There are no practical differences between the two frameworks in this respect: the ASPE standard was copied from the international standard prior to Canada’s adoption of IFRS to avoid creating unnecessary accounting differences on transition to IFRS.

A business combination can arise where an entity purchases assets and some processes, so addressing this question should not be overlooked.

  1. Going concern issues

An entity is no longer a going concern where management intends to cease operations or has no realistic alternative but to do so. In this case some other basis of accounting needs to be applied which will require consideration of many other issues, such as: the write down of assets to recoverable amounts; recognition of provisions for staff terminations and onerous leases; and so on.

The fact that management’s intention to cease operations means the entity is no longer a going concern can often go unnoticed.

More frequently an entity’s continued operation will depend on one or more factors, typically ramping up revenues and/or sourcing refinancing or additional financing rounds. Where that is the case, the financial statements need to include disclosures sufficient to paint an accurate picture for users.  Including a clear reference to that disclosure on the statement of financial position is required under IFRS.

  1. Boilerplate language used in disclosures

The IFRS and ASPE frameworks have the same roots and therefore have many similarities. However, many differences exist and these are often ignored when an entity reporting under ASPE changes to reporting under IFRS. For professional accounting firms that are preparing financial statements on behalf of their clients, problems can arise when an ASPE financial statement template is used for a client reporting under IFRS.

Some can be very subtle and depend on a detailed understanding of the standards. For example, under ASPE, where operating losses are available for carry forward for tax purposes but are unlikely to be used by the entity they are recognized for accounting purposes but with an allowance of equal value against them. Under IFRS such a deferred tax asset is recognized only ‘to the extent’ that it is likely to be used.

Similarly, accounting policies and other disclosures are often based on boilerplate language which is frequently borrowed from the continuous disclosures of public companies.

A financial statement prepared under IFRS should be convincing: it should look and feel like an IFRS financial statement. In addition, standard disclosures should be avoided. Instead they should be specific to the company and its business.

  1. Accounting for financial instruments

The current rules on accounting for financial instruments require an impairment loss on a financial instrument asset accounted for at amortized cost to be calculated as the difference between the present value of the cash expected to be collected and the carrying amount of the asset. The corollary of which is that interest revenue on the instrument is still earned after the impairment loss has been recognized.

Furthermore, that impairment loss can only be recognized where there is objective evidence that a loss has arisen at the date of the reporting period.  Any event occurring after that date that gives rise to a loss is not an adjusting event.

These accounting requirements are often misapplied.

  1. Failing to consider the question of functional versus reporting currency

The reporting currency can be any currency selected at the option of the entity.  The functional currency, however, must be identified based on the facts and circumstances.

A company is required to determine the functional currency by applying a list of criteria to the company’s operations and environment. In some cases that application and the resulting decision of functional currency is readily apparent.  In other cases, for example where the company earns significant revenues and is financed in other currencies, the decision can come down to a judgement call based on the weighting of the various criteria.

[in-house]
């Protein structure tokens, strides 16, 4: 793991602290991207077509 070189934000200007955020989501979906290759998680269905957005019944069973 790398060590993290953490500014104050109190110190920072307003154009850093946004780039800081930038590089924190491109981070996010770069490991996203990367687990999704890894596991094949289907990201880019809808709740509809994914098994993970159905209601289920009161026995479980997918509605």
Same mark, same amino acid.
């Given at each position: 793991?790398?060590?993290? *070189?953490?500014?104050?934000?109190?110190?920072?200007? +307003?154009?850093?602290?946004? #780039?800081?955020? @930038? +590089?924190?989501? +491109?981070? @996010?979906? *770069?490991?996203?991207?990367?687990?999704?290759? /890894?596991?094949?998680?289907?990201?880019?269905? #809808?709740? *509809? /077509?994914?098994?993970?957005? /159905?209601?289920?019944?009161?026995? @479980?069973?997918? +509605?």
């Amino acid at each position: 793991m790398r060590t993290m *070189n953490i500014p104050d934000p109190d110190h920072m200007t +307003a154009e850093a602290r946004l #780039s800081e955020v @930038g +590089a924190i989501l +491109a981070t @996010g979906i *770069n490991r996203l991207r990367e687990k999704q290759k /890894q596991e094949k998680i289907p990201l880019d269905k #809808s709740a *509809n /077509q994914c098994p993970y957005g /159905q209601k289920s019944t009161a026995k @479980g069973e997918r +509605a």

A Question Not to be Underestimated: Asset or Business Acquisition?

A transaction is either accounted for as a business acquisition under IFRS 3, Business Combinations, or, if it is not a business combination, in accordance with the appropriate standard for an asset purchase (for example: IAS 16 Property, Plant and Equipment; IAS 38 Intangible Assets; or IAS 40 Investment Property).

The question is important (and there are significant consequences to getting the answer wrong or not considering the question at all!), because in a business combination:

  • Goodwill or a gain on bargain purchase is accounted for;
  • Assets acquired and liabilities assumed are accounted for at their fair values rather than being recognized at their relative fair values in an asset purchase;
  • Directly attributable acquisition costs are expensed versus capitalized as part of the asset purchased;
  • Deferred tax assets and liabilities are recognized in a business combination;
  • IFRS provides guidance on recognizing contingent consideration but there is no guidance in the standards applicable to asset purchases;
  • The disclosure requirements are considerable in the financial statements for a period in which a business combination is completed, and the same disclosure applies in any year where an acquisition is made subsequent to the report date but before the financial statements are issued; and
  • Also note that some of these differences continue in future periods, such as impairment and depreciation/amortization.

An entity first needs to determine whether the assets acquired and liabilities assumed constitute a business (IFRS 3.3). If they do not meet the definition of a business, then the default is to account for the transaction an asset purchase.

Appendix A to IFRS 3 defines a business as, ‘an integrated set of activities and assets that is capable of being conducted and managed for the purpose of providing a return…to investors or other owners, members or participants.’  A business therefore consists of inputs and processes applied to those inputs that have the ability to generate outputs. Therefore, outputs themselves are not required.

Input: are economic resources, such as intellectual property, access to necessary materials, employees and non-current assets such as intangible assets or the rights to use non-current assets.

Process: is any system, standard, protocol, convention or rule, such as strategic management processes, operational or resource management processes. Administrative processes are specifically excluded.